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  1. Fall 2017 Contexts Online Free until January 12

    Letter from the Editors

    Now it’s time to say goodbye,

    To all our company…

    So after 12 spectacular issues, lots of great web-only content, and a new edition of The Contexts Reader on the way, we’re heading into the sunset to make way for the new editors, Rashawn Ray and Fabio Rojas.

  2. Race, Class, and the Framing of Drug Epidemics

    by Rebecca Tiger in the Fall 2017 Contexts

    As America’s opiate epidemic rages on, calls for “treatment not punishment” dominate the national media. The hypocrisy of this response is not lost on a range of commentators: the reported move away from criminalization, they argue, is yet another example of racist drug policy. White people get treatment and poor people of color get punishment. Again.

  3. Krystale Littlejohn Discusses Research Published in JHSB

    In a new podcast, Krystale Littlejohn discusses her article, "Contesting and Differentially Constructing Uncertainty: Negotiations of Contraceptive Use in the Clinical Encounter," co-authored by Katrina Kimport. The article is published in the December 2017 issue of the Journal of Health and Social Behavior.

    Listen to the podcast

  4. ASA President Writes Letter in Defense of Jan Tomasz Gross

    ASA President Michèle Lamont recently wrote President Andrzej Duda, Chancellery of the President of the Republic of Poland criticizing a new Polish law that significantly harms academic freedom. The law punishes those who study Poland's past and reach a well researched conclusion that is opposite to the Polish government's narrative. 

    Lamont urges that no charges be filed against Professor Gross. Gross has written about Poles complicity in the persecution of Jews during WWII.

  5. ASA Signs on to Letters to Congress Regarding Spending Caps

    On February 6, ASA signed on to a letter from the Task Force on American Innovation—a broad nonpartisan coalition—that was sent to U.S. congressional leadership, regarding 302(b) allocation. These allocations establish the cap on spending for each of the appropriations bills. The letter's 95 undersigned businesses, scientific and engineering societies, and universities--each a fundamental part of the U.S.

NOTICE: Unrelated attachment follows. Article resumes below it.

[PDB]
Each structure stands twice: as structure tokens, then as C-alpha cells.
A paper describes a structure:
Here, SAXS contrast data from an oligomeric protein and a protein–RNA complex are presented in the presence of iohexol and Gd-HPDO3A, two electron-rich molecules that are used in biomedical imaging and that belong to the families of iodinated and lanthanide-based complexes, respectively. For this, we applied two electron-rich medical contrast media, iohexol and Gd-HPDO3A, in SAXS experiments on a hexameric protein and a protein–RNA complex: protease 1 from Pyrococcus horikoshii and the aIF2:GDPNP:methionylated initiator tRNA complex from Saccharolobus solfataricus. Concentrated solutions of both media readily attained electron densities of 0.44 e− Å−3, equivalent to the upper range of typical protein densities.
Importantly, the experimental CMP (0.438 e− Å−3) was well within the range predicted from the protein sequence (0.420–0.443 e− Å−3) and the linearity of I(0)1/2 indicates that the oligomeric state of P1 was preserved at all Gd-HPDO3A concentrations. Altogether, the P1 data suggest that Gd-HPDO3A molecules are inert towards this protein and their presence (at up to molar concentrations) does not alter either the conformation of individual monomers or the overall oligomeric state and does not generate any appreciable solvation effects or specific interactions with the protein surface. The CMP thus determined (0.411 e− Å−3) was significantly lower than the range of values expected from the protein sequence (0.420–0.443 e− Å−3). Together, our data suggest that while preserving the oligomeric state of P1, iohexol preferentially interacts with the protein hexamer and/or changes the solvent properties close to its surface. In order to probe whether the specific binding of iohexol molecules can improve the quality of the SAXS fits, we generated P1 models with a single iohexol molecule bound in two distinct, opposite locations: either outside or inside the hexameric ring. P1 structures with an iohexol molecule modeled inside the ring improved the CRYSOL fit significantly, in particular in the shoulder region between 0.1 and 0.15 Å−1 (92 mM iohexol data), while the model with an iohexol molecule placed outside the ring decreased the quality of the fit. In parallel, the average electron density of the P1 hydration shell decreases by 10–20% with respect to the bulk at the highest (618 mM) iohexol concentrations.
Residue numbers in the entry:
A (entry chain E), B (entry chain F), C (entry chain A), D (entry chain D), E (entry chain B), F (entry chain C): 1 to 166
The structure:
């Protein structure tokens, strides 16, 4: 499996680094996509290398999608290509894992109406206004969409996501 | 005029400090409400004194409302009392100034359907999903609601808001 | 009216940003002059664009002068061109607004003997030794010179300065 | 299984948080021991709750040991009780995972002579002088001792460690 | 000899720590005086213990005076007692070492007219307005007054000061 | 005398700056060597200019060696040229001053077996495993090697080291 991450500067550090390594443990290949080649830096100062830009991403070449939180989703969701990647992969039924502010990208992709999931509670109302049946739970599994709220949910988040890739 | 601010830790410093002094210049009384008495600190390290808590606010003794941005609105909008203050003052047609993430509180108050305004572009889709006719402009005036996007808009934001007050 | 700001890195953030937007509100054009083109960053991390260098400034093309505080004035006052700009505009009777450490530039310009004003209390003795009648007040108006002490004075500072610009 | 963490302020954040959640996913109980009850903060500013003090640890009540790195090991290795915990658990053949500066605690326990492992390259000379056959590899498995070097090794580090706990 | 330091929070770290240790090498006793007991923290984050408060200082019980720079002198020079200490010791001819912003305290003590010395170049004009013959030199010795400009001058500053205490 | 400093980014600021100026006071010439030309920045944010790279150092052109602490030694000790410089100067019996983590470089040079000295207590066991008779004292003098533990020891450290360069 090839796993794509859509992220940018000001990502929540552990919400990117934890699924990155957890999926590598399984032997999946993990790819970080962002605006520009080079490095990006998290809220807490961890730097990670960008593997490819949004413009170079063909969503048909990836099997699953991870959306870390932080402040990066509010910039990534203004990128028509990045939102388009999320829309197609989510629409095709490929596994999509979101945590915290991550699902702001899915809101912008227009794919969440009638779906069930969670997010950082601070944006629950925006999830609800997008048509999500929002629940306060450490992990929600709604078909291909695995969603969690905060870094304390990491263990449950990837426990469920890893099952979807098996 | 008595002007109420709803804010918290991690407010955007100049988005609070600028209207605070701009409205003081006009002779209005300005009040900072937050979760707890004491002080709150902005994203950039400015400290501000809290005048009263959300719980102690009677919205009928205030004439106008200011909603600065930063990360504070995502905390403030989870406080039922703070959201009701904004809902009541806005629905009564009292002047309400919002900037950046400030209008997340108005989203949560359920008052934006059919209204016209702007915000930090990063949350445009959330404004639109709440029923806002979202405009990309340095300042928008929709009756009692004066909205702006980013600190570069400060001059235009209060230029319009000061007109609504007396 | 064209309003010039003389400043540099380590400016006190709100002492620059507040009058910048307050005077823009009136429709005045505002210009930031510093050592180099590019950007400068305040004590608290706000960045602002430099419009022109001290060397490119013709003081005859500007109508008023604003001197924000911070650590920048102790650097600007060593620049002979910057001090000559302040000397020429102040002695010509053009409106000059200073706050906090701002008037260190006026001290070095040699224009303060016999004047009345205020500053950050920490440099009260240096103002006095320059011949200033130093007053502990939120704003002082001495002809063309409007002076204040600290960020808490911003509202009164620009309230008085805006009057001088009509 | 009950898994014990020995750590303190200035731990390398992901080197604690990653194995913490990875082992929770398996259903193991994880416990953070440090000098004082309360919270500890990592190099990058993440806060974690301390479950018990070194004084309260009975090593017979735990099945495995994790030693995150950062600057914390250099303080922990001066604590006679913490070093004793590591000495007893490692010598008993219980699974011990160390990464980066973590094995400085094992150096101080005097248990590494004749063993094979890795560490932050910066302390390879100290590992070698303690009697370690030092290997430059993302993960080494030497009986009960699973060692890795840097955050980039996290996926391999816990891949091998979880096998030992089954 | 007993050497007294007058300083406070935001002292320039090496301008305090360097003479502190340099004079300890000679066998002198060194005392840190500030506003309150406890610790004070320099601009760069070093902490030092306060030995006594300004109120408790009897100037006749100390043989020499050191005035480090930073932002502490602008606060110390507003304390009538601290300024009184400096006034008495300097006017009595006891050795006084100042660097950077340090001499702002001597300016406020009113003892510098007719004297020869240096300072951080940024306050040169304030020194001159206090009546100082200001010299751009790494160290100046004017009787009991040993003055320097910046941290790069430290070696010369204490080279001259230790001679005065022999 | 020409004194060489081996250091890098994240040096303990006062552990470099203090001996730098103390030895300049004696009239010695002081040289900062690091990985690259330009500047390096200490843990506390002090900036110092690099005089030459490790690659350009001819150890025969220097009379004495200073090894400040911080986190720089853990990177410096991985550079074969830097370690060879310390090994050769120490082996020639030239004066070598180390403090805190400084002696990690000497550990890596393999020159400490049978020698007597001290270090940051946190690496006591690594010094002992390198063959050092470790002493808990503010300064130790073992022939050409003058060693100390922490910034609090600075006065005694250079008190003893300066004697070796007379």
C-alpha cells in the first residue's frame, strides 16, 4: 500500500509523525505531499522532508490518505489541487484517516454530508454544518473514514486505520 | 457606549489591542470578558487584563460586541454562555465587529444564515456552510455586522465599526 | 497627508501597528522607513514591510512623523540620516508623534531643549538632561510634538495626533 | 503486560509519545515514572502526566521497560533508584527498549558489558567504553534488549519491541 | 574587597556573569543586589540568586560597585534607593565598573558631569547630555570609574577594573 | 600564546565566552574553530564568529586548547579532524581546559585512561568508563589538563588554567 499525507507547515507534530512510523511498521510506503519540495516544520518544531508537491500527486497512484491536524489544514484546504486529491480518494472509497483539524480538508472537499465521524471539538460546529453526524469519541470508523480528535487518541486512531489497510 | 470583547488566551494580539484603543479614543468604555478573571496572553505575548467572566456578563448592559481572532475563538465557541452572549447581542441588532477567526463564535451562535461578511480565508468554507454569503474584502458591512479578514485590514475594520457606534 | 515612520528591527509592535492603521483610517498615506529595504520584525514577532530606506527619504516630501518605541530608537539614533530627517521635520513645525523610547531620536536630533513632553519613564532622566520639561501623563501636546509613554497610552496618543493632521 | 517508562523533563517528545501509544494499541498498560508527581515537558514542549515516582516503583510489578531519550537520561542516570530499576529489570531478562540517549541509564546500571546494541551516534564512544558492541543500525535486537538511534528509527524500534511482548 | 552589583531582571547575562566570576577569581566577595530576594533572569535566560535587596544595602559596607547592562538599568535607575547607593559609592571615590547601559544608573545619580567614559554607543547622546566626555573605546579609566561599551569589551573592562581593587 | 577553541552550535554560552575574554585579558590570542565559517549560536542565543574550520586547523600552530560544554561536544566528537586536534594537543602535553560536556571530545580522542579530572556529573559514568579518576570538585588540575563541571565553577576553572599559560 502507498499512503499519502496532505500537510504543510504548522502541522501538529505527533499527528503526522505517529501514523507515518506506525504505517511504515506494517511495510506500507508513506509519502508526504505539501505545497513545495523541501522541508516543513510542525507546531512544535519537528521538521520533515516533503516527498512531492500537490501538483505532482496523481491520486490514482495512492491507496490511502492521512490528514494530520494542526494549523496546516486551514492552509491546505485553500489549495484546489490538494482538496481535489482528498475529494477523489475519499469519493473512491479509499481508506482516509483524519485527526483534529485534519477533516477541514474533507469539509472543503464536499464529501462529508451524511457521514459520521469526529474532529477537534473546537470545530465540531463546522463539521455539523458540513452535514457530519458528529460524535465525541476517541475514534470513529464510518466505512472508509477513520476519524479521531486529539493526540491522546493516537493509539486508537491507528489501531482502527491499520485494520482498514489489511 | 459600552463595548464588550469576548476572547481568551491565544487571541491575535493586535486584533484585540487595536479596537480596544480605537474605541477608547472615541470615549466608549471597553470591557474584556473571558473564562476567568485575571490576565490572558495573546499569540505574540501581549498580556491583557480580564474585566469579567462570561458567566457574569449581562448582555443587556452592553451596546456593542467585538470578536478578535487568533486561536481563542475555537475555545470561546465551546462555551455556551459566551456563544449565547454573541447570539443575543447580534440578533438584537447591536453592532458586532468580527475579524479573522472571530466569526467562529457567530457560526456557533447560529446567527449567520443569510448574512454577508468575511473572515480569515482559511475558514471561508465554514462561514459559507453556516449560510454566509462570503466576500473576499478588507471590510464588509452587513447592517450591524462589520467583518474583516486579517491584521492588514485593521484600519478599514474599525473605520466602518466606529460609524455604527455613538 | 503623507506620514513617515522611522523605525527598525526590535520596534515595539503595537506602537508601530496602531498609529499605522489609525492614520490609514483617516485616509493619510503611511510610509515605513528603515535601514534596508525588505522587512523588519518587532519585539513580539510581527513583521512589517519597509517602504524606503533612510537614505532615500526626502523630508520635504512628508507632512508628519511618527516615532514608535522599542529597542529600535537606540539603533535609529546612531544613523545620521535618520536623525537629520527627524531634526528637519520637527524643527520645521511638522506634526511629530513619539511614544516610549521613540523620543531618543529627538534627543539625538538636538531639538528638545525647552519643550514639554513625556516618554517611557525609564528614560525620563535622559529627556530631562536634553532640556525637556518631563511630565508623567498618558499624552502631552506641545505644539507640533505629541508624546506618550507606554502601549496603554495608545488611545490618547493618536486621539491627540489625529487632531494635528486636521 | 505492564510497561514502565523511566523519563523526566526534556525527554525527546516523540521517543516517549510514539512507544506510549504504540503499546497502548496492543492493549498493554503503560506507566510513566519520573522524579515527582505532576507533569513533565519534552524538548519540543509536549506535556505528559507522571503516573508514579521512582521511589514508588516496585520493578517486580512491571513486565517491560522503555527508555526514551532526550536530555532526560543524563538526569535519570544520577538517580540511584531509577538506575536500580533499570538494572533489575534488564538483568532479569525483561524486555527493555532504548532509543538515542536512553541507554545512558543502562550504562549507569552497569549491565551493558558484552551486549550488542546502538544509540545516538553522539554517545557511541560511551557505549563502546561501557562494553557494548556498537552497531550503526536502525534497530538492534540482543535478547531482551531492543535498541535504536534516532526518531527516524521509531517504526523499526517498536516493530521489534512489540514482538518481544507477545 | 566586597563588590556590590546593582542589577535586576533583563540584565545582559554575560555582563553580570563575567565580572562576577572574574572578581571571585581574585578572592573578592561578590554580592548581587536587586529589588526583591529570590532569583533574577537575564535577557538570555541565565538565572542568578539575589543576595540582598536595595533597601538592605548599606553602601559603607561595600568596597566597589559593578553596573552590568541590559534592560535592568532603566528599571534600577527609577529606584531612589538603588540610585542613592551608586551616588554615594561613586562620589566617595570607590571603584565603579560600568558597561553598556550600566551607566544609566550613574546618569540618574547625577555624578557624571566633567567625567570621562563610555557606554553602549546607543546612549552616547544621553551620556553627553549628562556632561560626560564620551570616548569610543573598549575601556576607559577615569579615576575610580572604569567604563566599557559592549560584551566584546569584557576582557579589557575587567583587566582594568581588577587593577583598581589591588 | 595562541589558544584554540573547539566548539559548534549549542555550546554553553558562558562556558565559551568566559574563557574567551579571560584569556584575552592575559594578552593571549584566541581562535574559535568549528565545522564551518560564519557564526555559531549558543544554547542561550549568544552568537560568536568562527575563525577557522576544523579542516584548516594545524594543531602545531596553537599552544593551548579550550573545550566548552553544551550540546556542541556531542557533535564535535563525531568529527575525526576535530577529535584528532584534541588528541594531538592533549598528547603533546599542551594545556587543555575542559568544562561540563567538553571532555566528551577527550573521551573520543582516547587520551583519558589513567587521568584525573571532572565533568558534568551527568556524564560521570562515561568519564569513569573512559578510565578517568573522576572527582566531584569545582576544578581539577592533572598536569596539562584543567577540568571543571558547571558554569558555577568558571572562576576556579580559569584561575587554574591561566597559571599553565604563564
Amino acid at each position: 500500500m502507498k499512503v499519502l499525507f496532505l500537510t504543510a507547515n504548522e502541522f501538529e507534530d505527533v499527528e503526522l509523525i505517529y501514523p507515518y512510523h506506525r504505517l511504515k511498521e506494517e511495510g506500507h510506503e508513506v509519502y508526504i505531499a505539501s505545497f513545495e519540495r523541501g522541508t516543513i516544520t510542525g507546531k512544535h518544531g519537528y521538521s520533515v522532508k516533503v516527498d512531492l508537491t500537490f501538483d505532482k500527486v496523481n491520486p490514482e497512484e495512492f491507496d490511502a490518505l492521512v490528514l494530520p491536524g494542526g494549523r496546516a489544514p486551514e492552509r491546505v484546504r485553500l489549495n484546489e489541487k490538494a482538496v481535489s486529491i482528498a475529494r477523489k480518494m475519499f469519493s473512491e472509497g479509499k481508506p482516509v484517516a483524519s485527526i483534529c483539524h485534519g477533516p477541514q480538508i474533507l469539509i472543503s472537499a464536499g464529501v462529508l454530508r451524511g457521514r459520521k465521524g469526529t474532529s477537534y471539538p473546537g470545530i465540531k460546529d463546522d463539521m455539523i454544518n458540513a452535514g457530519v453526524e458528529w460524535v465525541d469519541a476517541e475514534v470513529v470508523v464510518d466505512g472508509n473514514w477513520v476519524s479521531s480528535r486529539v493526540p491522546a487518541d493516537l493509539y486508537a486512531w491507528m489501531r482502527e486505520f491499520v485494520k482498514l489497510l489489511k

6. U.S. has 5 percent of world's population, but had 31 percent of its public mass shooters from 1966-2012

    Despite having only about 5 percent of the world's population, the United States was the attack site for a disproportionate 31 percent of public mass shooters globally from 1966-2012, according to research presented at the 2015 Annual Meeting of the American Sociological Association (ASA).

  7. ASA Signs on to Letter Asking Congress to Support and Fund Gun Violence Research

    On Friday, March 2, ASA signed on to a letter from the March for Science asking Congress to approve the funding and support the nation needs to make evidence-based policies to prevent gun violence a reality. The letter frames gun violence as a public health issue. The letter states:

  8. The 2018 March for Science

    Join your fellow sociologists for the 2nd annual March for Science on April 14, 2018. 

    In 2017, more than one million people around the world gathered together in the largest event for science advocacy in history, the March for Science.  The March for Science is a public celebration of science and a reminder of the important role evidence-based research plays in informing public policy.

  9. ASA Fights Against Adding Citizenship Question to Census

    The Trump Administration has announced that a question on citizenship status will be included on the 2020 Census.  This will fundamentally compromise the integrity of the census. 

  10. ISA’s Global Map of Sociologists for Social Inclusion

    The International Sociological Association has developed the "Global Map of Sociologists for Social Inclusion" (GMSSI) to create a global database of sociologists. GMSSI aims to identify, connect, and enable global collaborations in sociology, and support sociologists who encounter multiple barriers, economic and political, which impede participation in global exchanges.